UAE mandatory liability insurance regulation expected for construction firms next year, says lawyer

Construction companies are currently not required to acquire insurance for any potential decennial liability claims
UAE mandatory liability insurance regulation expected for construction firms next year, says lawyer
If implemented, the proposed legislation could come into effect in 2019 and “significantly” drive up project costs for developers. Image: KARIM SAHIB/AFP/Getty Images
By Megha Merani
Thu 25 Oct 2018 08:44 AM

A new law requiring contractors, consultants and architects to buy mandatory decennial liability insurance is expected to come into effect next year, a construction lawyer aware of the matter has said.

Under article 880 of UAE law, all projects, structures and facilities, built in the UAE, have a mandatory decennial liability provision, which requires the main contractor, architect and designer to be liable for a period of 10 years, for any damage that might cause a building to collapse or be defective to an extent where it is no longer usable.

Currently, construction companies are not required to acquire insurance for any potential decennial liability claims, with many foregoing coverage to avoid the additional cost.

“What’s going to change is that insurance for decennial liability is going to become mandatory,” Fernando Ortega, partner at Bin Nakhira & Partners, told Arabian Business in an interview.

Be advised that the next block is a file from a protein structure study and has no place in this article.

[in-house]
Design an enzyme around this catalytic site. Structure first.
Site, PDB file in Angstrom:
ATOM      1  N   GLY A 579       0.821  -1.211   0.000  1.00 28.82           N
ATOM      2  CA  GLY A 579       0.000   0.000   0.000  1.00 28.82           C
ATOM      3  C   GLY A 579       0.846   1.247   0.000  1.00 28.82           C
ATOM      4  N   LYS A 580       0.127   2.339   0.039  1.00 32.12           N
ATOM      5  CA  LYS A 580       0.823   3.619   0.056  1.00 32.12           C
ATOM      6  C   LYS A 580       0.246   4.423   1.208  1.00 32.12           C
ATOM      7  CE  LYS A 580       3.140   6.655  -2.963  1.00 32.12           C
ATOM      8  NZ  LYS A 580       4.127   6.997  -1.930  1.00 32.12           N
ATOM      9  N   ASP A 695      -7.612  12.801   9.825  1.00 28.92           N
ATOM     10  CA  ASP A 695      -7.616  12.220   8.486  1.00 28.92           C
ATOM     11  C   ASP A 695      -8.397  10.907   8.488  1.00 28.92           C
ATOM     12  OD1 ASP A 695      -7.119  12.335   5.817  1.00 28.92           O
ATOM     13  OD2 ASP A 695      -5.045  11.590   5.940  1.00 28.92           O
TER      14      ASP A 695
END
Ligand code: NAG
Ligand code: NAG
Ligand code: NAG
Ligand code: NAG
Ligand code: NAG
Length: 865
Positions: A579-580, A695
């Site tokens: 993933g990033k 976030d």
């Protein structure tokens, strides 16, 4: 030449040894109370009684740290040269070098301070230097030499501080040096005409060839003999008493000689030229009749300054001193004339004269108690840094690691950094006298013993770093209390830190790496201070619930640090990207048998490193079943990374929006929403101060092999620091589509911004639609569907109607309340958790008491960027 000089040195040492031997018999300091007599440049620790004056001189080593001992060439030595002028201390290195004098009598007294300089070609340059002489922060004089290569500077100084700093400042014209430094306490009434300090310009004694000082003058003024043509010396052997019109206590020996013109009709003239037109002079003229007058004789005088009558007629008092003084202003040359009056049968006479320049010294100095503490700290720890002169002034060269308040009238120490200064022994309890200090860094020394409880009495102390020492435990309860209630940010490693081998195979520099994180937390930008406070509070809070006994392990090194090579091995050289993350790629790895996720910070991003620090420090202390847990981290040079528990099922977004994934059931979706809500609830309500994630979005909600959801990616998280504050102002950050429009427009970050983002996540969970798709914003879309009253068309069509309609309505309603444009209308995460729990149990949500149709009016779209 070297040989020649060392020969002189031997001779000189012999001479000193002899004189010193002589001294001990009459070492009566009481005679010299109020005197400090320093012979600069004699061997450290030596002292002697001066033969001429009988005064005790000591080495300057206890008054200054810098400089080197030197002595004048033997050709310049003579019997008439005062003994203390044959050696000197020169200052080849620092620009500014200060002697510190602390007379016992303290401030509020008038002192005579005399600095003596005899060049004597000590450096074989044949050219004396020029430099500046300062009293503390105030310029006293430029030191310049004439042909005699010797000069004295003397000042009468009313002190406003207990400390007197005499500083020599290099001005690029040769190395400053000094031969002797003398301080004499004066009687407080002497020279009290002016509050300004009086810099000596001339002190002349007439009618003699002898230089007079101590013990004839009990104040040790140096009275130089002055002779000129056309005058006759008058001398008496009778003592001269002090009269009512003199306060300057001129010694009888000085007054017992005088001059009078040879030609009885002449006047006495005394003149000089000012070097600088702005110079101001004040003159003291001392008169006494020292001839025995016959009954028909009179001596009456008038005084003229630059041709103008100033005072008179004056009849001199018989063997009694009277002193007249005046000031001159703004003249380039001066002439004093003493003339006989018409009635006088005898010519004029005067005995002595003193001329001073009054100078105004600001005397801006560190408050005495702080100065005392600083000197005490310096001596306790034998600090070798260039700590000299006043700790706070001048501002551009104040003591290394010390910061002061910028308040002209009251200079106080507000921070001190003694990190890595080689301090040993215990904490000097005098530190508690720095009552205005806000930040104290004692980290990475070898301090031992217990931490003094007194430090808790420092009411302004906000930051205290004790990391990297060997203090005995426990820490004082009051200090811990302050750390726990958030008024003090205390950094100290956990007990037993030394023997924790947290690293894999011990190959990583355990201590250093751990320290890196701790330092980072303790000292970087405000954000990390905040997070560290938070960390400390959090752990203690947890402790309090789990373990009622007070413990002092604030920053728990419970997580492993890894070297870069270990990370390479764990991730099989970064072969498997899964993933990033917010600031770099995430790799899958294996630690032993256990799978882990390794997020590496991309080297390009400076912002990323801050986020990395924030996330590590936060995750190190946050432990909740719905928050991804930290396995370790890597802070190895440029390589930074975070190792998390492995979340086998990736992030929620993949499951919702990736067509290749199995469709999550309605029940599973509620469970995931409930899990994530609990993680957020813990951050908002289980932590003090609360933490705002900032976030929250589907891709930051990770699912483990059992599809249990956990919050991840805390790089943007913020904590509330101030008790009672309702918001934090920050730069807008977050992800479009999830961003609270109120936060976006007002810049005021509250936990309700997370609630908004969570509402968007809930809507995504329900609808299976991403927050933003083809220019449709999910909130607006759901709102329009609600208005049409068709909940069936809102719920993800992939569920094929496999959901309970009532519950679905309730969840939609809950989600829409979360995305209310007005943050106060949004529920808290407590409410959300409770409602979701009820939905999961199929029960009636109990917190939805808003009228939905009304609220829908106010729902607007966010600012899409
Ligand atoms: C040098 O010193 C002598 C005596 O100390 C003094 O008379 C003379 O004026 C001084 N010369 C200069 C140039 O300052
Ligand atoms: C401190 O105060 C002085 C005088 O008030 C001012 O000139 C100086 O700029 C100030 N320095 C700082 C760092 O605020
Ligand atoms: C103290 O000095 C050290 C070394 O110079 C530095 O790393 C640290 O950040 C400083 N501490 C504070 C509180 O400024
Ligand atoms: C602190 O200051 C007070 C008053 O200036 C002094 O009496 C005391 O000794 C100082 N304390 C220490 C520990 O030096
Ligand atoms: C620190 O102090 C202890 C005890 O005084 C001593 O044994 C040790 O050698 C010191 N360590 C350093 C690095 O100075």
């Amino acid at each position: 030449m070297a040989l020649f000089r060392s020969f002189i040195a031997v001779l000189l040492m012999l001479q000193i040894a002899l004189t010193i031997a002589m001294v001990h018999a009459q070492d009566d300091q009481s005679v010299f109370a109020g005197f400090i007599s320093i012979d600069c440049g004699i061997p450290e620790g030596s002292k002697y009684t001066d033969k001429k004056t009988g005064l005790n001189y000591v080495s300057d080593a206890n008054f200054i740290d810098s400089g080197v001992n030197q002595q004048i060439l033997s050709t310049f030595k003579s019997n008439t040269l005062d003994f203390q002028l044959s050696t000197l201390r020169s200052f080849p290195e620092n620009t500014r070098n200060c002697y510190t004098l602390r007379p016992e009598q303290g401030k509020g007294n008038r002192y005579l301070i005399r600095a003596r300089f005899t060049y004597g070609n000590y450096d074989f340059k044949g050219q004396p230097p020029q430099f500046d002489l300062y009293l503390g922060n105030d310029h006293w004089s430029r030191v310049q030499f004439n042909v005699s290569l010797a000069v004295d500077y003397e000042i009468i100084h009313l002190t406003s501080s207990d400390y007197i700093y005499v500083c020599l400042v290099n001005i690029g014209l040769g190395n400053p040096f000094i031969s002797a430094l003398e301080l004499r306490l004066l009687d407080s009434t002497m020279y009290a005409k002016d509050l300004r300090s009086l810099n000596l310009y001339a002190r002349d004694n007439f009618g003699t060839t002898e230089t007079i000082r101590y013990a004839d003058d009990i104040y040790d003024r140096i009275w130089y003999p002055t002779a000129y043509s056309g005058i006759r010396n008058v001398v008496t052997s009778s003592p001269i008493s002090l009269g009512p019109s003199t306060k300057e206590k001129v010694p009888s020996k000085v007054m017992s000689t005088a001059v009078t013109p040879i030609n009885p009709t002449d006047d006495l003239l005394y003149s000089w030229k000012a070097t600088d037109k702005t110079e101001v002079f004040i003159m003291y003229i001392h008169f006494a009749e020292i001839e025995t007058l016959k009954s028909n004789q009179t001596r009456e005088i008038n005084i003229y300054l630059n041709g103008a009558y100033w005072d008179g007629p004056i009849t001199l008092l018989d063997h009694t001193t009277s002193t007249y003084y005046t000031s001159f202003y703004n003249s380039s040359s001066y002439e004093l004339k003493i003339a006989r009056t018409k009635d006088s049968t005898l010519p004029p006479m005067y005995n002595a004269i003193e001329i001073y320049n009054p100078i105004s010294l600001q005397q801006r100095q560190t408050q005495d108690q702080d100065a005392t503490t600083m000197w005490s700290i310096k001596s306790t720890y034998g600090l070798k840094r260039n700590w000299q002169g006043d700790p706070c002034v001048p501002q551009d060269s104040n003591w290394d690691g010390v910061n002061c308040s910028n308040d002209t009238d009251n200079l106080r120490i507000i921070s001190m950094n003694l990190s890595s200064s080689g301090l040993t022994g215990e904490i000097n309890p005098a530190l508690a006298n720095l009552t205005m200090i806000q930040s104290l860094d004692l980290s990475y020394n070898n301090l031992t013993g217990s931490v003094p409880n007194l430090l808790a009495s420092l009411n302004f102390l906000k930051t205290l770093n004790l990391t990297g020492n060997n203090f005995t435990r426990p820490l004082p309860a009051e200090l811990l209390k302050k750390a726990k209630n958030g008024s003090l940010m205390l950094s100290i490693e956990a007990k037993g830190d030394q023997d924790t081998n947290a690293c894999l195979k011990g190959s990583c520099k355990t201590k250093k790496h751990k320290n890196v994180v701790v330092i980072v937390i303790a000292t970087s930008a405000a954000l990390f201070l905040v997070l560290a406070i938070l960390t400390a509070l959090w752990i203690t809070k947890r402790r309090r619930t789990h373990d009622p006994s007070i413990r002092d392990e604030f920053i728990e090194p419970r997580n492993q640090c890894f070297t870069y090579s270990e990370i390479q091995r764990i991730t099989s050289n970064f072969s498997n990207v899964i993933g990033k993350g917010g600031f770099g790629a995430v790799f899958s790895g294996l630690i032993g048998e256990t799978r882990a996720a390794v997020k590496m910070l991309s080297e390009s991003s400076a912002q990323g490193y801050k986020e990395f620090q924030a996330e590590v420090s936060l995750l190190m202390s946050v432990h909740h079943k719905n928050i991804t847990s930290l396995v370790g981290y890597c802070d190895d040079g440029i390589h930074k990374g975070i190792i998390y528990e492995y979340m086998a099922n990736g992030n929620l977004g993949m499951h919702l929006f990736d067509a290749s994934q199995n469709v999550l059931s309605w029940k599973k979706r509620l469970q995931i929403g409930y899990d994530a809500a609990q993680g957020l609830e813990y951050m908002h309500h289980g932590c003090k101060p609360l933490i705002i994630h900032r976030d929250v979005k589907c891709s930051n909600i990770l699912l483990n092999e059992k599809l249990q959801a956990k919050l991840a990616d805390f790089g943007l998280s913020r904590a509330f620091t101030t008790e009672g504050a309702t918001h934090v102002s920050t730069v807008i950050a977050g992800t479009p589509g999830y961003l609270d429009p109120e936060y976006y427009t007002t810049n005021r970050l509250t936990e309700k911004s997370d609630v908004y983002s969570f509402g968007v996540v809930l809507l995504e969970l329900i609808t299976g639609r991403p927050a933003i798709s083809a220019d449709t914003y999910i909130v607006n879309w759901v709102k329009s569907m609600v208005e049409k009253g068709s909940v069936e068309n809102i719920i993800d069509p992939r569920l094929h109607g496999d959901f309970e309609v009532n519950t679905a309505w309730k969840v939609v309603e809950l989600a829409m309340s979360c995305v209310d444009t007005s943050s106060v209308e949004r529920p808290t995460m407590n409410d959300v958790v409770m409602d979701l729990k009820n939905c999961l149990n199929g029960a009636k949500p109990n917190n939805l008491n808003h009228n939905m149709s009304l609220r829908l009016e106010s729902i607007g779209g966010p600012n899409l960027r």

“The main contractor, architect and designer are now going to have to carry decennial liability insurance on whatever (projects) they’re involved with, which may cause (their) premiums to go up.”

If implemented, the proposed legislation could come into effect in 2019 and “significantly” drive up project costs for developers.

“The price tag of the project is more than likely going to add the extra cost of this insurance so it’s going to have to be priced into the bid, possibly making it more expensive for the developers,” Ortega said.

However, he said, the cost of potential claims far outweigh the expense of insurance.

“If you don't have insurance and you're liable, it can even cost billions, depending on the project,” he said, adding that he has seen cases in the UAE where contractors have attempted to argue against construction defects.

Severe defects include cases where a building “collapses” or the “structure is defective”, rendering it uninhabitable or not able to serve its function anymore, Ortega explained.

“It’s not just collapse - it's any kind of defect that makes it not usable anymore. The way the law is written at the moment, an employer can, for example, automatically say ‘well I built this building to be a hotel and I expect to be making this amount of money for the next 20 years’. To some extent, the hotel owner can actually claim that as part of the damage, as loss of profit.”

Ortega added that some insurance companies he knew of in the UAE have already begun to introduce decennial liability products into their coverage offerings.

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